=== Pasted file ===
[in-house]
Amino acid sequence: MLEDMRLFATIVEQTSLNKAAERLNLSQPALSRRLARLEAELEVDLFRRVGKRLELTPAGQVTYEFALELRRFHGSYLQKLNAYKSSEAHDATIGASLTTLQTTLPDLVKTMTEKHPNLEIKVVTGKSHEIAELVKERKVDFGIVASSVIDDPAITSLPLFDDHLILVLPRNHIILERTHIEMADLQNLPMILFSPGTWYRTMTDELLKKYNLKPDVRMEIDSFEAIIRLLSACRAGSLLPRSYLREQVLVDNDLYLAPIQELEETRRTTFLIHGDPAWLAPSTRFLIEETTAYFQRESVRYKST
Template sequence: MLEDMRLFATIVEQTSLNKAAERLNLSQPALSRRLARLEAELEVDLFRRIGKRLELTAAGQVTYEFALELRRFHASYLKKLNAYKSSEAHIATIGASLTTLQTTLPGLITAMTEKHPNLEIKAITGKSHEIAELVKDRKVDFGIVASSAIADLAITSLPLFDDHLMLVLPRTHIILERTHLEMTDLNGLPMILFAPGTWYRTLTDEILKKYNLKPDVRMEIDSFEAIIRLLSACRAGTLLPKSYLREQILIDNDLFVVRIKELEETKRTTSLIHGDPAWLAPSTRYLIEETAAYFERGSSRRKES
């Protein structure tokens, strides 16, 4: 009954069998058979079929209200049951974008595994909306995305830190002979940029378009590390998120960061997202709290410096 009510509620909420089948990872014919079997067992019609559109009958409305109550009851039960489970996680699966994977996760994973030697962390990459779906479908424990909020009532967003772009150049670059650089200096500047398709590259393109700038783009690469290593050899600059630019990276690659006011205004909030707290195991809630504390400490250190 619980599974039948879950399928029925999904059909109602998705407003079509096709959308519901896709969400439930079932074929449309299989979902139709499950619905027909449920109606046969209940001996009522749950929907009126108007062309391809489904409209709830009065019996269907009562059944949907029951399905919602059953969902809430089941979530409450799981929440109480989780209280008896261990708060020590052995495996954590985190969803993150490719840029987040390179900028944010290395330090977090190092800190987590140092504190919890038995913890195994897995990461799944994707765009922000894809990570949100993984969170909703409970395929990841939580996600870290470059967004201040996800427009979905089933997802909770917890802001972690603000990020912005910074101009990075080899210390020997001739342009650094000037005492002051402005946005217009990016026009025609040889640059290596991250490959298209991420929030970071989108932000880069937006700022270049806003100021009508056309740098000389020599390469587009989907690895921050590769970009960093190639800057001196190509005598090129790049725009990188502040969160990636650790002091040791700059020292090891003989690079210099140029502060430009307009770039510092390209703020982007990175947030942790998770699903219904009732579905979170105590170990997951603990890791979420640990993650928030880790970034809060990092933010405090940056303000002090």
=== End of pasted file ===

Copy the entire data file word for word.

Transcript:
[in-house]
Amino acid sequence: MLEDMRLFATIVEQTSLNKAAERLNLSQPALSRRLARLEAELEVDLFRRVGKRLELTPAGQVTYEFALELRRFHGSYLQKLNAYKSSEAHDATIGASLTTLQTTLPDLVKTMTEKHPNLEIKVVTGKSHEIAELVKERKVDFGIVASSVIDDPAITSLPLFDDHLILVLPRNHIILERTHIEMADLQNLPMILFSPGTWYRTMTDELLKKYNLKPDVRMEIDSFEAIIRLLSACRAGSLLPRSYLREQVLVDNDLYLAPIQELEETRRTTFLIHGDPAWLAPSTRFLIEETTAYFQRESVRYKST
Template sequence: MLEDMRLFATIVEQTSLNKAAERLNLSQPALSRRLARLEAELEVDLFRRIGKRLELTAAGQVTYEFALELRRFHASYLKKLNAYKSSEAHIATIGASLTTLQTTLPGLITAMTEKHPNLEIKAITGKSHEIAELVKDRKVDFGIVASSAIADLAITSLPLFDDHLMLVLPRTHIILERTHLEMTDLNGLPMILFAPGTWYRTLTDEILKKYNLKPDVRMEIDSFEAIIRLLSACRAGTLLPKSYLREQILIDNDLFVVRIKELEETKRTTSLIHGDPAWLAPSTRYLIEETAAYFERGSSRRKES
């Protein structure tokens, strides 16, 4: 009954069998058979079929209200049951974008595994909306995305830190002979940029378009590390998120960061997202709290410096 009510509620909420089948990872014919079997067992019609559109009958409305109550009851039960489970996680699966994977996760994973030697962390990459779906479908424990909020009532967003772009150049670059650089200096500047398709590259393109700038783009690469290593050899600059630019990276690659006011205004909030707290195991809630504390400490250190 619980599974039948879950399928029925999904059909109602998705407003079509096709959308519901896709969400439930079932074929449309299989979902139709499950619905027909449920109606046969209940001996009522749950929907009126108007062309391809489904409209709830009065019996269907009562059944949907029951399905919602059953969902809430089941979530409450799981929440109480989780209280008896261990708060020590052995495996954590985190969803993150490719840029987040390179900028944010290395330090977090190092800190987590140092504190919890038995913890195994897995990461799944994707765009922000894809990570949100993984969170909703409970395929990841939580996600870290470059967004201040996800427009979905089933997802909770917890802001972690603000990020912005910074101009990075080899210390020997001739342009650094000037005492002051402005946005217009990016026009025609040889640059290596991250490959298209991420929030970071989108932000880069937006700022270049806003100021009508056309740098000389020599390469587009989907690895921050590769970009960093190639800057001196190509005598090129790049725009990188502040969160990636650790002091040791700059020292090891003989690079210099140029502060430009307009770039510092390209703020982007990175947030942790998770699903219904009732579905979170105590170990997951603990890791979420640990993650928030880790970034809060990092933010405090940056303000002090």